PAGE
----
On an otherwise unremarkable day in March 2013, an American MQ-1 Predator drone was flying in international airspace off Iran, conducting a routine surveillance flight over Persian Gulf. But the U.S. Air Force force knew trouble might be lurking ahead.

Several months earlier, a pair of Iranian Sukhoi Su-25 attack planes had attempted unsuccessfully to shoot down another patrolling Predator. After that, the Pentagon decided subsequent drone patrols would be escorted, either by by F/A-18 Hornets from the USS John C. Stennis aircraft carrier or F-22s deployed to nearby Al Dhafra Air Base in the United Arab Emirates. On this day, Lt. Col. Kevin "Showtime" Sutterfield was the escort, heading toward the drone in case of trouble.

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"Showtime" was in a Raptor. 

At the annual conference of the Air Force Association later that year, USAF Chief of Staff Gen. Mark Welsh would tell the crowd what happened next: As the Predator flew its pre-planned route, two Iranian F-4 Phantoms approached and acquired the drone on their radars. One of the Phantoms got to within 16 miles of the MQ-1. On another heading, Col. Sutterfield closed on the F-4. 

"Showtime is an Air Force Reservist … he flies the F-22. He flies it really well," Welsh said. "He flew under their [Phantom] to check out their weapons load without them knowing that he was there. And then he pulled up on their left wing and then called them and said, 'You really ought to go home.'"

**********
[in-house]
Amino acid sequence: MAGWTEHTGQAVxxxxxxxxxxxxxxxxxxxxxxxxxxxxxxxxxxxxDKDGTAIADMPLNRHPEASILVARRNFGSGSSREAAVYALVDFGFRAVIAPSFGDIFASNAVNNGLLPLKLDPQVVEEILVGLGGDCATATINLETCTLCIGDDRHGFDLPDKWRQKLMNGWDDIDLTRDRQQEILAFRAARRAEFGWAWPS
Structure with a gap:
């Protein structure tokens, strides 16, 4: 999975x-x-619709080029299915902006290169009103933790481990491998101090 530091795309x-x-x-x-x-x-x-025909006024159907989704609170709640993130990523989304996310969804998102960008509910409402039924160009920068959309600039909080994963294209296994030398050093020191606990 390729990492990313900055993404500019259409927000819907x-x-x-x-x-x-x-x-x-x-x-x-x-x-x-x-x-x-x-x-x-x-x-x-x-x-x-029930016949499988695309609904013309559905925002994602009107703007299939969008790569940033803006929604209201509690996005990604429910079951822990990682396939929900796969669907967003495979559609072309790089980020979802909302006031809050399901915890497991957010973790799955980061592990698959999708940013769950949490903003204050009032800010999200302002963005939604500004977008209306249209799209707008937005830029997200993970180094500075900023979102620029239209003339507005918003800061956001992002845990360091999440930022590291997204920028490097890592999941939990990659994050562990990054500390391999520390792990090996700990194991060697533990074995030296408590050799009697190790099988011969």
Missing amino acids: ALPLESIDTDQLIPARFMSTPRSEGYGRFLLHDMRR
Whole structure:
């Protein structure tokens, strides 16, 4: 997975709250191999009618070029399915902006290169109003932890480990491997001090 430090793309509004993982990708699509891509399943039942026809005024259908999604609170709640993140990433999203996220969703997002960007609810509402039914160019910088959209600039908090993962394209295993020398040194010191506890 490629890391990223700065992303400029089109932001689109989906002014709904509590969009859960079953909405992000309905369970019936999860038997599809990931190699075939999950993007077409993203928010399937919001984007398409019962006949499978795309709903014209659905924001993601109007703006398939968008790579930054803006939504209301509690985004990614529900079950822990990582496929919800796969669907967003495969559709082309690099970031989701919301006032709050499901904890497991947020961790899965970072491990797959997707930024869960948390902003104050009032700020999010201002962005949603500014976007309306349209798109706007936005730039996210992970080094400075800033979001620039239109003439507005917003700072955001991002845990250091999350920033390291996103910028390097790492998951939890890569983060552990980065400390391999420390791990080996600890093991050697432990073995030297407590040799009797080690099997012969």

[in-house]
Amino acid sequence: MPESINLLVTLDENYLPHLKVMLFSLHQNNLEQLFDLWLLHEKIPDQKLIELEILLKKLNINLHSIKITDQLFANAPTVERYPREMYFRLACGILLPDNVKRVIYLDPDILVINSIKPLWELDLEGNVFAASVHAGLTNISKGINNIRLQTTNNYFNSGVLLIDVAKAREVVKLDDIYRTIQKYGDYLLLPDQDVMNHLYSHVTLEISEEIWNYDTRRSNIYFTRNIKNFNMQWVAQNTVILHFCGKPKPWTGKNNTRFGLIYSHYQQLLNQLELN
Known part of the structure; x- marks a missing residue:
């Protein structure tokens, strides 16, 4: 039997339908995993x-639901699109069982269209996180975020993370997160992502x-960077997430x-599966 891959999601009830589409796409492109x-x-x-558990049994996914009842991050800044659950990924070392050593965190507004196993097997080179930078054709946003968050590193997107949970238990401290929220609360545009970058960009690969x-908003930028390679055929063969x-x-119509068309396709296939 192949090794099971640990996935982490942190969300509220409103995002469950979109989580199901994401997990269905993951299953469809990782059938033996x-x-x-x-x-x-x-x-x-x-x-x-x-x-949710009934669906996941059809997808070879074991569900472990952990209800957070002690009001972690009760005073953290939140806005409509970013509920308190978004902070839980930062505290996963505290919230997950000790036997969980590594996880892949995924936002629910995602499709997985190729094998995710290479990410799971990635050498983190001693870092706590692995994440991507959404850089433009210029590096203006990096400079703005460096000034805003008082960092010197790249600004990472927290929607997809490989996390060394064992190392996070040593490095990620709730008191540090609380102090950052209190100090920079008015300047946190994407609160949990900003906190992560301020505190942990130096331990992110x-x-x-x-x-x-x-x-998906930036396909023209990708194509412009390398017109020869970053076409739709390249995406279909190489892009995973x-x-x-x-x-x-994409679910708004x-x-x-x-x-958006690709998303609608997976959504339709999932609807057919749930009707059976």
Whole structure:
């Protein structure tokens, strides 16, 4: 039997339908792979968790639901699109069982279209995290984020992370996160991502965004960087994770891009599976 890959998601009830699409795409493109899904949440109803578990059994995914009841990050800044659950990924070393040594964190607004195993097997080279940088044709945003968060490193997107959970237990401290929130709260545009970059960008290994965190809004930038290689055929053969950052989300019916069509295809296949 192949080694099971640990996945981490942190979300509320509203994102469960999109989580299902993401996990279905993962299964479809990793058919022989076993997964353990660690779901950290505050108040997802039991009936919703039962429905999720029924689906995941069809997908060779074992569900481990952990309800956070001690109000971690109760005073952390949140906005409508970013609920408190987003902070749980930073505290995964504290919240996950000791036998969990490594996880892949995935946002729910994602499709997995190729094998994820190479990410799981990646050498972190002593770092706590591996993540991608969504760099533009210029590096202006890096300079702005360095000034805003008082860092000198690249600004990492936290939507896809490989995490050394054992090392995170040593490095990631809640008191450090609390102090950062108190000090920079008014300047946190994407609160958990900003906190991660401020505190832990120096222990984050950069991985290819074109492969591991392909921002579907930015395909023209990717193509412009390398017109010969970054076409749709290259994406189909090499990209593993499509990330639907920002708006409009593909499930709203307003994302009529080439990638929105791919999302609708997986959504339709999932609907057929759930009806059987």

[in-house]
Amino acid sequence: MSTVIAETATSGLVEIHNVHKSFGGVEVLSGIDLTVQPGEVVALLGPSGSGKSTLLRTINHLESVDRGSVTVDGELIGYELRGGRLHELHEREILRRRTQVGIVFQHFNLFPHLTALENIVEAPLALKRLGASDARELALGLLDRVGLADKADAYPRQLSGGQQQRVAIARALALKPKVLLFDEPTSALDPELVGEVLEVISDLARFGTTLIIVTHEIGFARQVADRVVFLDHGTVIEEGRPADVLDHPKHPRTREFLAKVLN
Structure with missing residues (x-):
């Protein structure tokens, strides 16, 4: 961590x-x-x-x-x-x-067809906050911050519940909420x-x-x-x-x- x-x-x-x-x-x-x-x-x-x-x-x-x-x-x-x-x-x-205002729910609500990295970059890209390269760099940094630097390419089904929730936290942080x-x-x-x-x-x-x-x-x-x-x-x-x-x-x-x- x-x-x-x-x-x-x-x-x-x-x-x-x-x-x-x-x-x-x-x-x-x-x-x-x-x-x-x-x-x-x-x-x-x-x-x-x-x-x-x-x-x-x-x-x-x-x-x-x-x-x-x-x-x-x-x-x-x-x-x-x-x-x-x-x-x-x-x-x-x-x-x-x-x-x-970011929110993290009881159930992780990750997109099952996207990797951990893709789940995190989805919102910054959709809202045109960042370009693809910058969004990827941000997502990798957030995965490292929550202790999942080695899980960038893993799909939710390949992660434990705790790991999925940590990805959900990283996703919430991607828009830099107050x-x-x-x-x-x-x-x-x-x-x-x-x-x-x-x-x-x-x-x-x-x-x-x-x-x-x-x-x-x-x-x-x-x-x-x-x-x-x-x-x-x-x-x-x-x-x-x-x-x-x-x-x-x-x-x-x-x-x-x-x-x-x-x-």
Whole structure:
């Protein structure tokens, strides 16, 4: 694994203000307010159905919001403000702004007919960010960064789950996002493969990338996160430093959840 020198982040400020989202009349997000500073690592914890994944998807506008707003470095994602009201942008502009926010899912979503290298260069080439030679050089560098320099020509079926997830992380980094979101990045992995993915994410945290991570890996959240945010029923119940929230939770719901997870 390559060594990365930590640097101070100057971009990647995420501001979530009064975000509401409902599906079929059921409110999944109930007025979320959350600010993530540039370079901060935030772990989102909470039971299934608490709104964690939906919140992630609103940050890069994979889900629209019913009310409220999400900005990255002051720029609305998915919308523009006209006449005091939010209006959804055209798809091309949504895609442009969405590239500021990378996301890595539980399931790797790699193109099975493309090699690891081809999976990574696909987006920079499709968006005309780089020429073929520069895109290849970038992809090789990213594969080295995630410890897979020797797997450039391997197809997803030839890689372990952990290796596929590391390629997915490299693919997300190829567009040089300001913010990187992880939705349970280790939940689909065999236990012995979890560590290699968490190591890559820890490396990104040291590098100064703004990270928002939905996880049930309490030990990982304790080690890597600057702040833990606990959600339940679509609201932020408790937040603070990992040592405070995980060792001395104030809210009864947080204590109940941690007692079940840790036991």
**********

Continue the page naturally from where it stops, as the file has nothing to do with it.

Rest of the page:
When you hear enough stories like this one, it becomes no surprise to find out that many people—including members of Congress—are toying with the idea of restarting the F-22 production line and make more Raptors. Russia and China are catching up with American airpower. They're on the cusp of fielding airplanes like the Sukhoi PAK-FA and Chengdu J-20 that can beat 4th generation fighters like the F-15, F-16, and F/A-18, preventing these and other strike aircraft from penetrating their defenses. But the F-22—the first 5th generation fighter and still the only operational one—retains an edge over such threats. Trouble is, America has 186 Raptors, only 123 of which are combat-capable.

The next big thing, of course, is the F-35. The U.S. eventually will deploy the Joint Strike Fighter, but as Gen. Welsh told Defense News last year, the F-35 "was never designed to be the next dogfighting machine. It was designed to be the multipurpose, data-integration platform that could do all kinds of things in the air-to-ground arena."

The Raptor was all about air-to-air combat from the very start.

Advanced Tactical Fighter

The F-22 was born of the Cold War. In the early 1980s, the Air Force wanted what it called the Advanced Tactical Fighter (ATF), a new air superiority fighter to replace the F-15 Eagle and F-16 Falcon. It was a response to the Soviet MiG-29 Fulcrum and Su-27 Flanker that threatened American air dominance.

Two teams formed. One was made up of Lockheed, Boeing, and General Dynamics, while Northrop and McDonnell Douglas constituted the competition. A competitive four-year demonstration followed, culminating in the flight test of two demonstration prototypes, the YF-22 and YF-23. The Lockheed-led team used thrust-vectoring nozzles on its YF-22 for enhanced maneuverability in dogfights. The Northrop team, meanwhile, prioritized stealth and supercruise (prolonged supersonic flight without the use of afterburners).